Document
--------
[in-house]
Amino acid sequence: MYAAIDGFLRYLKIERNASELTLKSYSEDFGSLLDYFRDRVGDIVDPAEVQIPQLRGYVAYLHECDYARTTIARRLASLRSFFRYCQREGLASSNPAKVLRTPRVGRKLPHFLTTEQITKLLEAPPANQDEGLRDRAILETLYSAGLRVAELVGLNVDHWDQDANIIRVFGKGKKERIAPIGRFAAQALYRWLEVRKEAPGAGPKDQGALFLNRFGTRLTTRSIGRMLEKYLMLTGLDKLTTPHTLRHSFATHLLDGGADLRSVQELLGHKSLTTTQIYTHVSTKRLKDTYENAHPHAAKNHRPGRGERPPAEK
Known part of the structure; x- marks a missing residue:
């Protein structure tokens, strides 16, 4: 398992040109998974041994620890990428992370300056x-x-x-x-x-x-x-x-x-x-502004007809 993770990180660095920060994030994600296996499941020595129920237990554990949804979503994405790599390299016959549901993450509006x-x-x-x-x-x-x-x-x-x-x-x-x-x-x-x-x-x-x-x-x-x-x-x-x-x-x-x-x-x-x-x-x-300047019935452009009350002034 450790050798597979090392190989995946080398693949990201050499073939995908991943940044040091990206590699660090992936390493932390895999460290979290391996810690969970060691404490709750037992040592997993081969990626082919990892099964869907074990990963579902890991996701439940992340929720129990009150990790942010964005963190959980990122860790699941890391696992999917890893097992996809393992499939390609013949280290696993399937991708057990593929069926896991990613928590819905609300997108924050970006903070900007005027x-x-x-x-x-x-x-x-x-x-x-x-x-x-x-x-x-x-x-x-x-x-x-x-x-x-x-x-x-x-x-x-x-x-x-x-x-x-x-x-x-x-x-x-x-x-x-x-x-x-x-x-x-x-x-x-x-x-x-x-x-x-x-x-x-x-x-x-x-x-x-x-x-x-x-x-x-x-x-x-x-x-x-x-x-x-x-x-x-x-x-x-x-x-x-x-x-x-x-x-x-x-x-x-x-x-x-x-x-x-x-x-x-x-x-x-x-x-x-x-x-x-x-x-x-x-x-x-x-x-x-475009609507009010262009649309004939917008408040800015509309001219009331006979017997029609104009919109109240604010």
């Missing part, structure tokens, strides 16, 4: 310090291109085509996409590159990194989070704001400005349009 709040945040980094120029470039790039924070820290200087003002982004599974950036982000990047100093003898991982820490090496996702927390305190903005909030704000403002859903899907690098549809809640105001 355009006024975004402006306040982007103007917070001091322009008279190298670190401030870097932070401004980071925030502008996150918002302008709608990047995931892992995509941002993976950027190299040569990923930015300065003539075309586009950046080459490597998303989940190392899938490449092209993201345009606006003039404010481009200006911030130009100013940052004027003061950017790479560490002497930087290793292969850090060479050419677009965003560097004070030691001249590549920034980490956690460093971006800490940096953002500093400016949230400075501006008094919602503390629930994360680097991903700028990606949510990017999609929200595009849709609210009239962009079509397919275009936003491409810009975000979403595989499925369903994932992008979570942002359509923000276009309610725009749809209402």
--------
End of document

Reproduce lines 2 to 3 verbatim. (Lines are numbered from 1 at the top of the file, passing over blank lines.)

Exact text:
Amino acid sequence: MYAAIDGFLRYLKIERNASELTLKSYSEDFGSLLDYFRDRVGDIVDPAEVQIPQLRGYVAYLHECDYARTTIARRLASLRSFFRYCQREGLASSNPAKVLRTPRVGRKLPHFLTTEQITKLLEAPPANQDEGLRDRAILETLYSAGLRVAELVGLNVDHWDQDANIIRVFGKGKKERIAPIGRFAAQALYRWLEVRKEAPGAGPKDQGALFLNRFGTRLTTRSIGRMLEKYLMLTGLDKLTTPHTLRHSFATHLLDGGADLRSVQELLGHKSLTTTQIYTHVSTKRLKDTYENAHPHAAKNHRPGRGERPPAEK
Known part of the structure; x- marks a missing residue: